Music has been a lifeline during this year of Covid, but we haven’t all dabbled in drumming or taken up the trombone. Instead we’ve sparked up , soundtracking our constricted lives with a mood-changing playlist of uplifting beats or chill-out classical. This surge in listening has been little comfort to professional musicians, struggling while live venues are shuttered. Lockdown has boosted streaming by 22%, but with digital distributors keeping the lion’s share of the proceeds, some artists have found themselves delivering takeaways and stacking shelves.
As Michael Spitzer points out, this shift towards isolated listening is only the latest stage in a transition from active participation in music to our passive consumption of it that has been going on for thousands of years.
Spitzer splits his global history of music into three movements, spinning the story of a turn away from nature across a single human life, world history and hominid evolution. He starts with the individual, charting how music begins for most of us in intricate duets of cooing and peek-a-boo on our parents’ knees. Nursery rhymes, recorder groups and school choirs keep us making music during our primary years, but before reaching adulthood most westerners choose not to pursue it – a development Spitzer blames on the cult of genius, the church and Guido d’Arezzo, the Italian monk who invented staff notation in the 11th century.
The same story plays out again over the course of world history. Spitzer rewinds 40,000 years to a bone flute discovered in a cave in south-west Germany, drawing on the musical practice of contemporary hunter-gatherers to suggest that it was used to play “atoms of music”, which were repeated alongside other independent voices to the accompaniment of handclaps, body slaps and rattles. For Spitzer, music has always played a role in religion, so he finds it in the standing stones of Göbekli Tepe, a religious site in Turkey around which the first settlements were established 12,000 years ago, and in the poetry of the Sumerian priestess Enheduanna – “the first recorded name of a composer in the history of the world”. The lyre and the double oboe arrive with Ancient Egypt, the idea of progress and tradition with the Old Testament, and the resolution of dissonance with Greek tragedies, which Spitzer says were “closer to operas than to what we call ‘plays’”.
The stage is now set for western music’s flight into abstraction. When Guido strung the notes of plainchant across four parallel lines, it allowed the church to standardise music across a continent and composers to preserve their work for future generations. Armed with the ability to capture music on the page, they pushed its logic ever further, launching successive waves of revolution that took us from Renaissance polyphony to. Enshrining these sounds in scores broke the “great chain of master-apprentice relationships”, leading to the canonisation of genius composers, the professionalisation of performance and a gradual decline in audience numbers.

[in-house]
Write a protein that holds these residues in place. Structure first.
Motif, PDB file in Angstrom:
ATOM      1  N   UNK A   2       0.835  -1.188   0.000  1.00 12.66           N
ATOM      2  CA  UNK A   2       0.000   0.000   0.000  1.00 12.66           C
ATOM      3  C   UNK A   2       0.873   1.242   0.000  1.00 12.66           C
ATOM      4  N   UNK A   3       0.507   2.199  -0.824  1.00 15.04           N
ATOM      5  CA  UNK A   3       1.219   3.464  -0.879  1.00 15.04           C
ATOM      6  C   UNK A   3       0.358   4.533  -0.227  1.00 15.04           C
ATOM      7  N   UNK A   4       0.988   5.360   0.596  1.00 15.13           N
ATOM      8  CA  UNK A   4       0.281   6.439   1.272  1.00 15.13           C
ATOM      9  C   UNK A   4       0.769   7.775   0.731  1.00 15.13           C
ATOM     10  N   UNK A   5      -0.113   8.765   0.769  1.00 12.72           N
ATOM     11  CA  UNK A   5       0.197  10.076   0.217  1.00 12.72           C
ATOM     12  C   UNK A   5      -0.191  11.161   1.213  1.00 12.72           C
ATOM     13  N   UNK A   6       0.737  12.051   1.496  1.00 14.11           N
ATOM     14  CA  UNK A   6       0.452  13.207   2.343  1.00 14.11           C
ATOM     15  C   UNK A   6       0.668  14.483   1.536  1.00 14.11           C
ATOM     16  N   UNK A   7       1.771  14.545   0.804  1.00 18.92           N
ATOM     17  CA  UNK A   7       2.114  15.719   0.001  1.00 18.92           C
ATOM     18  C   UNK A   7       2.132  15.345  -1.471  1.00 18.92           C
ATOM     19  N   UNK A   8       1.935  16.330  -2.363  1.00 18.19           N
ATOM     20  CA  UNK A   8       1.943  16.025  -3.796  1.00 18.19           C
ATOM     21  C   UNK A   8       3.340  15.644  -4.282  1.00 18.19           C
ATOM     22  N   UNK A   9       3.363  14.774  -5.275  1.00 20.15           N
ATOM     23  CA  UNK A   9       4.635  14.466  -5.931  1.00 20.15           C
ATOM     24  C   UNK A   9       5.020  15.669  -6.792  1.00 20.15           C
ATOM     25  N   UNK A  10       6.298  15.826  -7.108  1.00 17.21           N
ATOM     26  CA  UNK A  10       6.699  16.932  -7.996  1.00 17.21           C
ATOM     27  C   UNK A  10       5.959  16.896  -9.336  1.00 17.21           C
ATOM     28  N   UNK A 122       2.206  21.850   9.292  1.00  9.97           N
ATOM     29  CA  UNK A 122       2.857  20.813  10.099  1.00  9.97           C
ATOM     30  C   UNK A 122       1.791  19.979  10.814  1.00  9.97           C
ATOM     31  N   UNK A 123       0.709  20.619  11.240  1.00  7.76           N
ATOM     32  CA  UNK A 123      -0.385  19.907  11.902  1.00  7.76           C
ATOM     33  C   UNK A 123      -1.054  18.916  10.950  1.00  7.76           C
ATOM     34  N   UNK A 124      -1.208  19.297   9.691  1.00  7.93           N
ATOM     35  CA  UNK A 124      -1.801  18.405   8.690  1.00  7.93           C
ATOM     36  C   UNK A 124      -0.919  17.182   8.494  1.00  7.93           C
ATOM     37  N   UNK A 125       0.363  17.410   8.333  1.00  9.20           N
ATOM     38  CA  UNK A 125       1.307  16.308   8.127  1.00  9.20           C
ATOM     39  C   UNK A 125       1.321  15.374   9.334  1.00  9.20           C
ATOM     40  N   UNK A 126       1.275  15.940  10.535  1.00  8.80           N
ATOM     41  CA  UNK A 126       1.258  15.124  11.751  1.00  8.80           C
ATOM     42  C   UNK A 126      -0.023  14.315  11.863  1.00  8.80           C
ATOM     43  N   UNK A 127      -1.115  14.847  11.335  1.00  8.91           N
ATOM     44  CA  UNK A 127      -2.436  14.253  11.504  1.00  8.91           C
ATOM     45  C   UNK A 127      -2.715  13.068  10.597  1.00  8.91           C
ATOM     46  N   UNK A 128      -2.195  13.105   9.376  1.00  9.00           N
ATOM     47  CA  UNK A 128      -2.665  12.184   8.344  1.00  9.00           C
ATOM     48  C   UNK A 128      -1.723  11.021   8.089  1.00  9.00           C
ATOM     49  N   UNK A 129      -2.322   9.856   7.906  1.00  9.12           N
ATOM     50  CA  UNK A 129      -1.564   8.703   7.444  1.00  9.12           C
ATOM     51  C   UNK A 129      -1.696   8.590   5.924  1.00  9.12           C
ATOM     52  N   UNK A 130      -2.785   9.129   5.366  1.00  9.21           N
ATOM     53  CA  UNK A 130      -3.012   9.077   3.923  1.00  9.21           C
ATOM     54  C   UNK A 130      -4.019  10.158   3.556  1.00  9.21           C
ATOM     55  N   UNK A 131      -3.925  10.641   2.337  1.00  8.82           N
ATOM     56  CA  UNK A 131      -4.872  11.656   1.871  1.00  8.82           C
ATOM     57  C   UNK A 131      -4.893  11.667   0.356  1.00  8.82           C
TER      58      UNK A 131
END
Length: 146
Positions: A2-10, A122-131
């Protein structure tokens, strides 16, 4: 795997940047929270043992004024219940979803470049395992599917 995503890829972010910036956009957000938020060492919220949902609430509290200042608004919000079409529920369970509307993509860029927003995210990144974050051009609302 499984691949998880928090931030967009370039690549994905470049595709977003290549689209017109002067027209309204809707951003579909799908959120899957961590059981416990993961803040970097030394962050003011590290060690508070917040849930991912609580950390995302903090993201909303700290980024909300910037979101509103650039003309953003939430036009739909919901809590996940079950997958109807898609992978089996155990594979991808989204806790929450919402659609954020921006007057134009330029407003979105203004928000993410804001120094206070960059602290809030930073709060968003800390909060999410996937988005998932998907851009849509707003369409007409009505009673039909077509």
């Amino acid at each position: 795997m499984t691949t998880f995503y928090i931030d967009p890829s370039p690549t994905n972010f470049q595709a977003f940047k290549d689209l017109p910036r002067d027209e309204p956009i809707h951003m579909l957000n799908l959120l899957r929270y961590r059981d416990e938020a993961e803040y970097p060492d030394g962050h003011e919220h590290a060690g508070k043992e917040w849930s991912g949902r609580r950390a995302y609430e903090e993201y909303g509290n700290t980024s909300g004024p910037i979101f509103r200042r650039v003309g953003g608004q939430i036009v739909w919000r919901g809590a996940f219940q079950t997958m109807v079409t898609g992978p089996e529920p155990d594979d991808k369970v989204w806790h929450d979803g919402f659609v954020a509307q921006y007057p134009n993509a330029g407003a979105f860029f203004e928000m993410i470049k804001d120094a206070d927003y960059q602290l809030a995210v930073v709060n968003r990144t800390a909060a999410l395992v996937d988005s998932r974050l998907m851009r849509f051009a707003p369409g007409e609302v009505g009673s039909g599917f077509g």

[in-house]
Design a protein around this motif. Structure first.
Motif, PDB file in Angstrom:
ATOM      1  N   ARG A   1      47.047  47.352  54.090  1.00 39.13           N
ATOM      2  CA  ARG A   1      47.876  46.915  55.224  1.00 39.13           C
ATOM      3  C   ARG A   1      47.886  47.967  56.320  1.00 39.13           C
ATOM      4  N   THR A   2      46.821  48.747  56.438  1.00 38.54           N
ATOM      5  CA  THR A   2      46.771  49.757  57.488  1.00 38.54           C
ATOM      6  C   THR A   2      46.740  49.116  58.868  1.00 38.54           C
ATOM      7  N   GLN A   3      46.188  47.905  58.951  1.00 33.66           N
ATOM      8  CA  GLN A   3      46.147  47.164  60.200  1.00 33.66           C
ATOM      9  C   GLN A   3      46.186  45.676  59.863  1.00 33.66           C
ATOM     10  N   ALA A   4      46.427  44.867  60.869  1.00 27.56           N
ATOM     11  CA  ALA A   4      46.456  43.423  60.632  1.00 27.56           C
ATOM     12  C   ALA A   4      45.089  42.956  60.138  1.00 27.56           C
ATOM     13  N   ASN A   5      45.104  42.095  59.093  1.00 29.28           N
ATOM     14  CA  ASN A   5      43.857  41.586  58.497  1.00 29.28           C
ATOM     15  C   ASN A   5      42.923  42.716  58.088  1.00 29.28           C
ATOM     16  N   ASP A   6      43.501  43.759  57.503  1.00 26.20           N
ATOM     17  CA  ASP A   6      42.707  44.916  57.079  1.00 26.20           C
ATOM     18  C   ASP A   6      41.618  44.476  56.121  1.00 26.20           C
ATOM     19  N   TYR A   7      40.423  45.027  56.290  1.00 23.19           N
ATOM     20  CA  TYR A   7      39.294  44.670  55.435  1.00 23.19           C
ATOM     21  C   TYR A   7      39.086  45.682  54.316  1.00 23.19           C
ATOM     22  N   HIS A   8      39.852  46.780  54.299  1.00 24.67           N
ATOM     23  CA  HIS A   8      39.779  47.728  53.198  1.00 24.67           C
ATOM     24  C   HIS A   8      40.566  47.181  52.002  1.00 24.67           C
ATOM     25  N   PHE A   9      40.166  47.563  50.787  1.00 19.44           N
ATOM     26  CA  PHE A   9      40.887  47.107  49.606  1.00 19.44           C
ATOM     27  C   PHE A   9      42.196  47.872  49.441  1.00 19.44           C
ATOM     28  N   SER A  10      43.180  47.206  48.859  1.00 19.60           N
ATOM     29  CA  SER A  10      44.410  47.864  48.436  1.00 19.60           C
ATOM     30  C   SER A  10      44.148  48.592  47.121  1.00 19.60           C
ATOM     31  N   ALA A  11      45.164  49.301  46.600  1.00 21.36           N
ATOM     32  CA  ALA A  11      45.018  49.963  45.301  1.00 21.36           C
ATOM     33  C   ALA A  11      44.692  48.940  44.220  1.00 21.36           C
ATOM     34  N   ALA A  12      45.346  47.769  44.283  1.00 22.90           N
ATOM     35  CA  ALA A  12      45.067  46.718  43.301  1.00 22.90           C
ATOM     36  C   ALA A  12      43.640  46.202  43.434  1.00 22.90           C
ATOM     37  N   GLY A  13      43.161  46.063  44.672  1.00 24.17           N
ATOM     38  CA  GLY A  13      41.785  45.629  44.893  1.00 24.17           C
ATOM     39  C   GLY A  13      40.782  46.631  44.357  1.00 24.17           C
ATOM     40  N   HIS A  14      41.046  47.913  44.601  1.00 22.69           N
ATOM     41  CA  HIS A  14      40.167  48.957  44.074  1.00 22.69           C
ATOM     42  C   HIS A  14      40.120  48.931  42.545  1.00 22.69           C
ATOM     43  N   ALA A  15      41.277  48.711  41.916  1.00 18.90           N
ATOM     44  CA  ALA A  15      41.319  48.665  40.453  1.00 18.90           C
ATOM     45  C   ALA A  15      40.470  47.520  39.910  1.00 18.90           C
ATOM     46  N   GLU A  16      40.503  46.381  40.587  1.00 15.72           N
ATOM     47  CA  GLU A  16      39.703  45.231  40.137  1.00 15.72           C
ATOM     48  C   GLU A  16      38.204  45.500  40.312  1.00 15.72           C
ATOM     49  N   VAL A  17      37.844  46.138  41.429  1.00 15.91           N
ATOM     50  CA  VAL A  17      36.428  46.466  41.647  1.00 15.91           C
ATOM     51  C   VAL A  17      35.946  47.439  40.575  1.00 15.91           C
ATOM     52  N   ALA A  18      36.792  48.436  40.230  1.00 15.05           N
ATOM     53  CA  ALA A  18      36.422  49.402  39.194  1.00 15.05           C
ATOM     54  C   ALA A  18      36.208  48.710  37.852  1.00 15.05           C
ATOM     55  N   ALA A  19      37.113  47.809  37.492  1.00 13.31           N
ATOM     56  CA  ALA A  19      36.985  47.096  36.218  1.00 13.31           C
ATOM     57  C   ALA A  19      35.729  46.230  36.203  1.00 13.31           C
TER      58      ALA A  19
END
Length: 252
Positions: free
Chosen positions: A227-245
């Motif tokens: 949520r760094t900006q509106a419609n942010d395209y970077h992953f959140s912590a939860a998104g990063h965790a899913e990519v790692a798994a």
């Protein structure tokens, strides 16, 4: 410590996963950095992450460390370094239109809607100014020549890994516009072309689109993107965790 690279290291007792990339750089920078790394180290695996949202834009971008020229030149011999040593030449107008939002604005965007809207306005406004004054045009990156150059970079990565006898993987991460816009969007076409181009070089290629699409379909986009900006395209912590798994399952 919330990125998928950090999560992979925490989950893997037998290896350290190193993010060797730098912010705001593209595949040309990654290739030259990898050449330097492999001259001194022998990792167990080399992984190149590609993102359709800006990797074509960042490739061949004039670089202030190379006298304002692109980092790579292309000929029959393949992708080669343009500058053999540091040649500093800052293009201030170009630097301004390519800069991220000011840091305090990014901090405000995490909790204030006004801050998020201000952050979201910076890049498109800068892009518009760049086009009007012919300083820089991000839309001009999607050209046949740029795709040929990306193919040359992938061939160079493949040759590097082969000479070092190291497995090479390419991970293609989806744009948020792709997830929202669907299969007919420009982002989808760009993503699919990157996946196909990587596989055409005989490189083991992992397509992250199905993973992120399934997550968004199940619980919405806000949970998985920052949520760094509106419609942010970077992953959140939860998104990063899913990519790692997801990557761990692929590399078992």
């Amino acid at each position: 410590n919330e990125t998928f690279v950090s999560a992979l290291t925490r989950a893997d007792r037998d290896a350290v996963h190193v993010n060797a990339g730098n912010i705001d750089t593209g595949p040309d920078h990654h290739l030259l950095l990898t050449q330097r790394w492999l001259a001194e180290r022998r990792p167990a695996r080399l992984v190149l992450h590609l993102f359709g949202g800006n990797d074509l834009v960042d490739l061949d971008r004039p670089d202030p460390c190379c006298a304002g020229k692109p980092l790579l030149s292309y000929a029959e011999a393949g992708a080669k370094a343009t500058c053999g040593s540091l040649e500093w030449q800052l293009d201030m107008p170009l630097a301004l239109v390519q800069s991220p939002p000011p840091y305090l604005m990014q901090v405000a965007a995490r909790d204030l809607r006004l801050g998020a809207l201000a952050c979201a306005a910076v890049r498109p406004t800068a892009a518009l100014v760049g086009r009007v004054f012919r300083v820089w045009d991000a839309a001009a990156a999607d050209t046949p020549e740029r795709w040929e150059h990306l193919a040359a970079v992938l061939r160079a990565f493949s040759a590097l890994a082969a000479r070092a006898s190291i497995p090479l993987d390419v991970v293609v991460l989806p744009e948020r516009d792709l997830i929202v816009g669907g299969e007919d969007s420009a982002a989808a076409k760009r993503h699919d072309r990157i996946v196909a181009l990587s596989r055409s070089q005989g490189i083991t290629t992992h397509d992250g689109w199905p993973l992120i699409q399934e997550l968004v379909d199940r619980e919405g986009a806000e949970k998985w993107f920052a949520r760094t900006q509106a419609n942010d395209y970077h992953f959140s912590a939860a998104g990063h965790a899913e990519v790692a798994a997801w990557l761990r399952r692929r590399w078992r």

Spitzer widens his lens to explore how we share rhythm with insects, melody with birds and a sense of musical tradition with whales. Combine these capacities with the social intelligence of apes, he suggests, and all the ingredients for a musical primate are there. The book traces a line from the rhythm of walking on two legs, through the repeated impacts of making stone tools and the percussive banging used to drive animals away, so that music carves out a place to live safely. It marks “the boundary between civilisation and nature, the village and the forest”.
With such a broad canvas, there are inevitable gaps. The musical score not only allowed composers to preserve and broadcast their work, it also meant they could write works they couldn’t play themselves. In his brief coda on future directions, Spitzer doesn’t explore how electronic music makes it possible to create music unplayable by any human being. He also says he’s more interested in our “universal predisposition to music” than “elite accomplishments”, and that he’s wary of pitting classical music against pop, but popular music mostly plays second fiddle in this account. He can discuss Whitney Houston’s “I Will Always Love You” with the same acuity as Richard Wagner’s Tristan und Isolde, but his heart is clearly in the concert hall.
Spitzer isn’t afraid of using a sweeping statement or a corny line, and his fractal compositional technique means he has to make do without the narrative thrust of a conventional, linear argument. But The Musical Human is full of delightful nuggets and sends the reader back to a world of musical examples time and time again.
After following the evolution of music over 165m years, he greets the contemporary split between professional performers and passive consumers with little more than a shrug: “We are where we are, and it is where it is.” If music is as central to human existence as he suggests, we can’t leave musicians dancing to the tune of Deliveroo.
• The Musical Human: A History of Life on Earth is published by Bloomsbury (£30). To order a copy go to . Delivery charges may apply.